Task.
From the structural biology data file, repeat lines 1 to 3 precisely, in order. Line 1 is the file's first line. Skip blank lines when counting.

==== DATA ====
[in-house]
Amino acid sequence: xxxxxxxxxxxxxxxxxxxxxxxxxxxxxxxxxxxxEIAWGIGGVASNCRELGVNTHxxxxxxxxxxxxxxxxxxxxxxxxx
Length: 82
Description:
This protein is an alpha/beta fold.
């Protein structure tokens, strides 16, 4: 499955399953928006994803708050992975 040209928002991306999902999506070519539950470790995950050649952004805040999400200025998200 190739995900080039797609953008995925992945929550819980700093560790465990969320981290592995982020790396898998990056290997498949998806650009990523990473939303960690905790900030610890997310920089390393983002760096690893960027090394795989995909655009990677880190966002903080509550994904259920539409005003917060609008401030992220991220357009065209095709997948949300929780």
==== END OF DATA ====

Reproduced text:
[in-house]
Amino acid sequence: xxxxxxxxxxxxxxxxxxxxxxxxxxxxxxxxxxxxEIAWGIGGVASNCRELGVNTHxxxxxxxxxxxxxxxxxxxxxxxxx
Length: 82